Editor's note: The Collegian allowed the following piece to be written anonymously at the request of the writer and because of what the editors agreed were special circumstances. 

Alex R. Hibbert’s character, Chiron, stood on the beach, his back to the audience. He was basked in moonlight and blue darkness, the camera slowly zooming closer and closer to his back. As the camera continues to creep towards him, Hibbert suddenly looks over his shoulder and stares at the audience. Then, the screen goes black.

I exhaled, not realizing that I had been holding in my breath the whole time.

“Moonlight,” directed by Barry Jenkins, enchanted me from start to finish.

The film tells the story of Chiron, a young black boy from Miami, Florida, as he grows up and struggles with his sexuality, his relationship with his crack-addicted mother and his difficulty adhering to society’s strict rules surrounding masculinity.

The film has been praised for multiple reasons. From its mastery of various filming techniques to its critically acclaimed soundtrack, the film won the hearts of critics everywhere -- even earning a rare 97 percent approval rating on Rotten Tomatoes. It was so well-received, in fact, that it won the Oscar for Best Picture last month.

I was won over by the beautiful acting and the film’s relatability to my own life. I felt a personal connection with Chiron, a person of color struggling to accept his sexuality, and his rejection by his peers.

To me, “Moonlight” was clearly the best film of the year. Nevertheless, one thought has been bothering me. The Academy of Motion Picture Arts and Sciences has historically been composed of white, cis-gender, heterosexual men.

This makes me wonder:

Did “Moonlight” win Best Picture at the Oscars because it was truly the best film of the year? Or did it win because of the current political climate and the backlash the academy received, in years previous, for its lack of diversity?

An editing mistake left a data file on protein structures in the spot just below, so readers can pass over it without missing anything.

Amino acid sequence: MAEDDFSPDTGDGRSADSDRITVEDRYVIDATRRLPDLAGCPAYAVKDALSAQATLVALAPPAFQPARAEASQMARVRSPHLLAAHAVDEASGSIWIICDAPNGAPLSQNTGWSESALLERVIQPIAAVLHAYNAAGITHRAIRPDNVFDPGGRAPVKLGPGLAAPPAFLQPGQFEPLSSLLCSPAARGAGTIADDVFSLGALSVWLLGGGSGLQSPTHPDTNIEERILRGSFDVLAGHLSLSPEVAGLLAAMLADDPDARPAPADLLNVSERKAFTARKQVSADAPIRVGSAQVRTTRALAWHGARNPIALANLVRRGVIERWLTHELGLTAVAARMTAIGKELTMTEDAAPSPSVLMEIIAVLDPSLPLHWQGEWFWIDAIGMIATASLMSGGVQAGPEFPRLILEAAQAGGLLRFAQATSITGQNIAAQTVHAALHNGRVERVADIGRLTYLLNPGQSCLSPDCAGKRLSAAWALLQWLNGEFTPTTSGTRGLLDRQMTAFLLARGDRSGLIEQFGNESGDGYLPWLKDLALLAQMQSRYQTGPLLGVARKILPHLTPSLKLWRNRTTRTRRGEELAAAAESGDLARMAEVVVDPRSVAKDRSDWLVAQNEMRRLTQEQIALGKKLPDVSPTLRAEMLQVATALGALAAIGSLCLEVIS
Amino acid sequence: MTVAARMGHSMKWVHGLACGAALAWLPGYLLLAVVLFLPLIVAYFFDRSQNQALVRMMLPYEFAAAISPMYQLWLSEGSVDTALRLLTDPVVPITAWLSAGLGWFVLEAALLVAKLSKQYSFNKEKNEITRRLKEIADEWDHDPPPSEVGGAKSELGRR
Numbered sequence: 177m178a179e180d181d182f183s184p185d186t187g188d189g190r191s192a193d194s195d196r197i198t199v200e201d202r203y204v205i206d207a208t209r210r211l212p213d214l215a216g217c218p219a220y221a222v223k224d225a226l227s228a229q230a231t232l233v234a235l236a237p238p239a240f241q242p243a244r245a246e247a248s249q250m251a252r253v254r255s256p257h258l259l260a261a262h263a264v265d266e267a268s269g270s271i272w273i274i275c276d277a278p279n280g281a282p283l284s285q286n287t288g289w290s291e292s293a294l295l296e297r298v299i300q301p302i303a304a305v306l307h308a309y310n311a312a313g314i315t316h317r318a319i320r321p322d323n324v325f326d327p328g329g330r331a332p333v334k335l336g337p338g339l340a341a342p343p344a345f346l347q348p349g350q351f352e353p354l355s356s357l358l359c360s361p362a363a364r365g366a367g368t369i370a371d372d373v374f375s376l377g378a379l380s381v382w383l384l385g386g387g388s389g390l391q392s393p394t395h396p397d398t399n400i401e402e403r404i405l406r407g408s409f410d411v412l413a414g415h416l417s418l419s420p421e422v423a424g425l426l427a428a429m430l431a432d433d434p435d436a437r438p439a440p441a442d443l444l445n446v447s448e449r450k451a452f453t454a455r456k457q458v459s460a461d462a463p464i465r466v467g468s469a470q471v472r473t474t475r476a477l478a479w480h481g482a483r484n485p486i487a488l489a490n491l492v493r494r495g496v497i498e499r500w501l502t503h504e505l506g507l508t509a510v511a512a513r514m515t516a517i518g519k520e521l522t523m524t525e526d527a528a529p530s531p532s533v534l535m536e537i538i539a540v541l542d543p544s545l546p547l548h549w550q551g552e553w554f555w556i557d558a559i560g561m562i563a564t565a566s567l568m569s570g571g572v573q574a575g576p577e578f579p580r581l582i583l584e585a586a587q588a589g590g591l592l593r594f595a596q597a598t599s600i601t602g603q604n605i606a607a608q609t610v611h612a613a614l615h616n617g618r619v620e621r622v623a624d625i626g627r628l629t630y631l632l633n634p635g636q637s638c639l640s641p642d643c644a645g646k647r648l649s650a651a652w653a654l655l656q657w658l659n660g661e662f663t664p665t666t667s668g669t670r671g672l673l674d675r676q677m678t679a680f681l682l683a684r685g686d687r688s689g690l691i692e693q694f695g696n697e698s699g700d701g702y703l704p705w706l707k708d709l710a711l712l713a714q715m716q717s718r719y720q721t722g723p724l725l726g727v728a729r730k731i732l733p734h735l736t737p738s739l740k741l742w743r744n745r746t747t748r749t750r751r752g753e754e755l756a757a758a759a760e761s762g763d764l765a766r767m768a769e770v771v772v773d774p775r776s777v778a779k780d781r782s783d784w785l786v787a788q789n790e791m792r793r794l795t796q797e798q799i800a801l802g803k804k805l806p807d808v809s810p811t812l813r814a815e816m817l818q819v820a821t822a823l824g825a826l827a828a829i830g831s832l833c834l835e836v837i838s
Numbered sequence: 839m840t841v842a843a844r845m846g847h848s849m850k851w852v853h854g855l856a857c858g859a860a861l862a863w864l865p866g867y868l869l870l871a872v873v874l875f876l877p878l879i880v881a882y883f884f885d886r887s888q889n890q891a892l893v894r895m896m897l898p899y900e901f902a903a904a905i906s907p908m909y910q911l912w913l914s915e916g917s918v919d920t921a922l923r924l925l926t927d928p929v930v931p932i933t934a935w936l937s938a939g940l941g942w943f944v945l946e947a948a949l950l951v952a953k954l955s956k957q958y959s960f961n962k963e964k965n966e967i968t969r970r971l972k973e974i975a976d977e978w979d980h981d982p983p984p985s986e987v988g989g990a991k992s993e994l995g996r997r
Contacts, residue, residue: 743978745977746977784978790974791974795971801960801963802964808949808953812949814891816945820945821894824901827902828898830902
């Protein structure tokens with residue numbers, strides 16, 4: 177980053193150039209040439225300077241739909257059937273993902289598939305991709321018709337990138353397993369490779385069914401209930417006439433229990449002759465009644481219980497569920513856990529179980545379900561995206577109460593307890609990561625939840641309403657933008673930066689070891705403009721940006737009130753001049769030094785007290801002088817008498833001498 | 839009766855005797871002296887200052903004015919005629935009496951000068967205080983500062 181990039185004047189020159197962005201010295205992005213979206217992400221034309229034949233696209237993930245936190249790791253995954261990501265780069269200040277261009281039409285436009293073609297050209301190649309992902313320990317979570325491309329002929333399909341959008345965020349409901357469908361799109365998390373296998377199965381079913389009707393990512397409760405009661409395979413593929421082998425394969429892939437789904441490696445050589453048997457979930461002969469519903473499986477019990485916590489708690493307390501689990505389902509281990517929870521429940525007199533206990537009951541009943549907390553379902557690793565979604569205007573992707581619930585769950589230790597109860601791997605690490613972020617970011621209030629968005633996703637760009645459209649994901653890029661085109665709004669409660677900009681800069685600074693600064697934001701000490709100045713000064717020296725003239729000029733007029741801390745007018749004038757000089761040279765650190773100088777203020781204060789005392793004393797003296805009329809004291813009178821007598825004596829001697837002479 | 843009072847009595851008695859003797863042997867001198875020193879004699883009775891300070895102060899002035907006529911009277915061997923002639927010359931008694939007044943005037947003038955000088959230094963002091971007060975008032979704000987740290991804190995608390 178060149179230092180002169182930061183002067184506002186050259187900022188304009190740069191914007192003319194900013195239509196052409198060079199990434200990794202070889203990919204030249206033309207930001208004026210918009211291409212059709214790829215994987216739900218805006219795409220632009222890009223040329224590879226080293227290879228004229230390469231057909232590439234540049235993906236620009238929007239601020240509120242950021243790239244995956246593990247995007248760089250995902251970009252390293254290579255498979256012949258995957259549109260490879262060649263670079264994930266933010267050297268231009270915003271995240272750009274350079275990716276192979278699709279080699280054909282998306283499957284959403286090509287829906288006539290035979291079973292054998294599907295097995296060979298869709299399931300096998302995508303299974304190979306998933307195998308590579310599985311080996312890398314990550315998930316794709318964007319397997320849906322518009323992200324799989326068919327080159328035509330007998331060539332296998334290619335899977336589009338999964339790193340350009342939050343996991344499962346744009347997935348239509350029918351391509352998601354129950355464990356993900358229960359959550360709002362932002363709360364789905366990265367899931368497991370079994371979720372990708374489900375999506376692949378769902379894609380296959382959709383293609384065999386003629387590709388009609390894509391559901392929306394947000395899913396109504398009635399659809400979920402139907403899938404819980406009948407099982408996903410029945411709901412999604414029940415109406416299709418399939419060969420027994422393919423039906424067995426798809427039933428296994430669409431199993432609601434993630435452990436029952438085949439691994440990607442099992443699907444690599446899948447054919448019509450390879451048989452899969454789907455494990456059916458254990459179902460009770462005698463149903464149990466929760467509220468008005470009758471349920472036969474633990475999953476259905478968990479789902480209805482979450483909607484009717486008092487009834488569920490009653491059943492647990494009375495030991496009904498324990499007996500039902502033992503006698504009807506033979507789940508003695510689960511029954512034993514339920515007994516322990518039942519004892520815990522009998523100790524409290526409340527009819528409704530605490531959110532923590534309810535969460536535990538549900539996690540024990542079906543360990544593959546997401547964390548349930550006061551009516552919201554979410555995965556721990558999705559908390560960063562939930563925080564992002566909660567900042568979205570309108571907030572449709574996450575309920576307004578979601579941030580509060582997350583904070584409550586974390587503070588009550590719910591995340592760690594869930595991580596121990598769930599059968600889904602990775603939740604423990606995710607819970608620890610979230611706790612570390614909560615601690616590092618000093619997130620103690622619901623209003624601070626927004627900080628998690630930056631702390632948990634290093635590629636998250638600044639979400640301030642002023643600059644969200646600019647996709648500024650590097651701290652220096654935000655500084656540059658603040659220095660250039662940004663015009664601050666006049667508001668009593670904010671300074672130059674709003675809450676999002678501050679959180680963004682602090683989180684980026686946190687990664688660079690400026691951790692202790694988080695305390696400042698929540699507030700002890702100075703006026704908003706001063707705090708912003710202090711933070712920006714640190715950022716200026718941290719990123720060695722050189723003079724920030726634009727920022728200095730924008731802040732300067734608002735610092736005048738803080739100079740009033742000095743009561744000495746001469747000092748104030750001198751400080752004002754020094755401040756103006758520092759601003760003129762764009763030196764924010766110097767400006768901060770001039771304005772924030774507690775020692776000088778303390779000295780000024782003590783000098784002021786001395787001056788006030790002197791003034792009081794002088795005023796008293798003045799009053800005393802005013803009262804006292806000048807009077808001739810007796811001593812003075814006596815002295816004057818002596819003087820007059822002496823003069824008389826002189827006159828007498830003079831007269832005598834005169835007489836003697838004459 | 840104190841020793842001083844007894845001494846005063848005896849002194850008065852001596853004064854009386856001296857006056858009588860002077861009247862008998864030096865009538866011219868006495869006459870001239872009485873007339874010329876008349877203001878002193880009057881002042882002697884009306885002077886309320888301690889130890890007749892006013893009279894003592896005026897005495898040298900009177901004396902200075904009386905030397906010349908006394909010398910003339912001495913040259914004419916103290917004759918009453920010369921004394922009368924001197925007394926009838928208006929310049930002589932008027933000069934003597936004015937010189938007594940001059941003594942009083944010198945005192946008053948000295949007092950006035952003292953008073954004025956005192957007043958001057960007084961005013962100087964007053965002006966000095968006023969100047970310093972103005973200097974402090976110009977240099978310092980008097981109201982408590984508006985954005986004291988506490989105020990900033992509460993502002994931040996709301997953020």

I mentioned that I loved the film because I related to it. It was the first time I had watched a film with a queer person of color as the lead. Even though this film focuses on the black queer experience, it is still representative of a minority group within a minority group.

As a queer Asian I could relate to many aspects of “Moonlight,” but what about the academy?

How did the academy connect with the film? How did a group of older, straight, cis-white men relate to a film about a young, gay, poor black person? What about “Moonlight” moved the members of the academy? Was the academy simply playing the role of “white savior” once again?

In my opinion, the members of the academy could never truly connect with the film. For this reason, I believe the film won Best Picture in order to placate critics of white-washed, homogenous Hollywood.

With these thoughts in mind, it almost invalidates the symbolism behind the win. To me, “Moonlight” is deserving of the award in all aspects, and this is not just my opinion. Film critics around the world have given the film their stamp of approval. People have raved about how much “progress” this film’s win means to Hollywood.

But isn’t this win just another attempt to quiet the disenfranchised?

What is the point of having diverse films in Hollywood if those in charge of recognizing them are part of the dominant culture?

It’s almost as if the academy was saying, “Oh, the minorities are complaining again. Let’s give this film Best Picture so they stop questioning the lack of inclusion in the academy.”

We must be vocal about this injustice.

We cannot become complacent just because a couple of films with minority leads won awards this year. We have to fight until the whole academy is restructured to be more inclusive of underrepresented groups. Do not let this win distract you from the greater problem in Hollywood.

I want to see more black and African American people, more Asians, more Latinos, more Native Americans, more queers, more women, more everyone in the academy. We should be recognized by our peers and not by one group in our society.

We are talented beyond belief, and we should be able to recognize this and reward ourselves for it.

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